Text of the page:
Categories: Professional Advisors, Legal,

The SECURE Act (“Setting Every Community Up For Retirement Enhancement) which passed on December 19, 2019 is considered the most significant retirement reform in more than a decade and affects the retirement landscape for nearly all Americans by changing regulation effecting traditional IRA accounts and retirement plans.

Two key provisions of how the SECURE Act could affect you:

  • More Time to Contribute before Required Withdrawal. For IRA account owners, the SECURE Act changes the 70 ½ age requirement to begin withdrawing the required minimum distributions (RMDs) to age 72. In addition, individuals may now contribute to their IRA accounts (provided they earn compensation) and may deduct their contributions to the accounts until age 72. With Americans living longer and working beyond traditional retirement age, this additional time to contribute to an IRA may allow for additional deferred tax investments gains that could benefit families and charitable causes.
  • Less Time to “Stretch.” IRA beneficiaries will feel the most impact from the SECURE Act. While the Act has no impact to spouse beneficiaries, it has eradicated “stretch” payouts for non-spouse beneficiaries – primarily IRA account owner’s children. Prior to the enactment of the SECURE Act, when children of IRA accounts owners inherited their parent’s IRA accounts, each child could withdraw the RMD over their respective life span. The SECURE Act has eliminated this right. Now a non-spouse beneficiary of majority age (subject to a few limited exceptions) is required to withdraw the entire inherited retirement account within 10 years. This change may create significant tax consequences for beneficiaries who are in the highest tax brackets.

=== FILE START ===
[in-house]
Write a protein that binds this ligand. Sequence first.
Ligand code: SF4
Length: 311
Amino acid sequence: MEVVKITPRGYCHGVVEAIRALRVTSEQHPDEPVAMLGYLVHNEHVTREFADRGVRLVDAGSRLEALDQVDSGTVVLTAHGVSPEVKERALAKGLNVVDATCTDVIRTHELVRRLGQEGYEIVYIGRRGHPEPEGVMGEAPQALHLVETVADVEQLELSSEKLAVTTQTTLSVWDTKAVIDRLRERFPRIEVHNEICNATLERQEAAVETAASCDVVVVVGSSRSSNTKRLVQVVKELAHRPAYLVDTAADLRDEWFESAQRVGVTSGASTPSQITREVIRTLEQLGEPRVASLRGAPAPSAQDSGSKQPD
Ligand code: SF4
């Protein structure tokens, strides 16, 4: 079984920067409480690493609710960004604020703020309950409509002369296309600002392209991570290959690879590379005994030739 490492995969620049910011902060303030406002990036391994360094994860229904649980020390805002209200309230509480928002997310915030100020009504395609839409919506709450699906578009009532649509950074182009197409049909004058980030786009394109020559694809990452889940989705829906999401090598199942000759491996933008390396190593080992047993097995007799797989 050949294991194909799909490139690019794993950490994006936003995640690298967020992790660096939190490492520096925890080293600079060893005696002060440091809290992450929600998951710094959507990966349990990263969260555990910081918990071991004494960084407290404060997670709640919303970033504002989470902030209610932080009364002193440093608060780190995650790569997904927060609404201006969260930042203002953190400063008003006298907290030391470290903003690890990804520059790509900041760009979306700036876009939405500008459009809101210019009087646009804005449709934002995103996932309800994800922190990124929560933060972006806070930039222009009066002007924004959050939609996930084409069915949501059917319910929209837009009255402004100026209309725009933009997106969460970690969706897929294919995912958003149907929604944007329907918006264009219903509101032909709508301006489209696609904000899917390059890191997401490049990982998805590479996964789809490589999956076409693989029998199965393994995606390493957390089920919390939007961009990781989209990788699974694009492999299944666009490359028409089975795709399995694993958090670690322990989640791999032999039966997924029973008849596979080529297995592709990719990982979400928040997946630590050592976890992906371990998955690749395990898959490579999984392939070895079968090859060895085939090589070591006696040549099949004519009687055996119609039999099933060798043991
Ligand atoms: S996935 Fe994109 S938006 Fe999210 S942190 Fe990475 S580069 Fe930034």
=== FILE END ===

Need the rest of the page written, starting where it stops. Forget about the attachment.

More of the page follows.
The Community Foundation of Sarasota County promotes that IRA assets are good assets to contribute to a Fund at our foundation because of the tax consequences that IRA assets hold. The SECURE Act has now enhanced these tax consequences and charitable planning should be considered at all estate planning meetings. How the Secure Act will affect individual account owners and beneficiaries will depend on their particular situation/circumstances. We encourage you to confer with your legal and tax advisors for individual guidance.

About Author

Betsy Pennewill, JD

General Counsel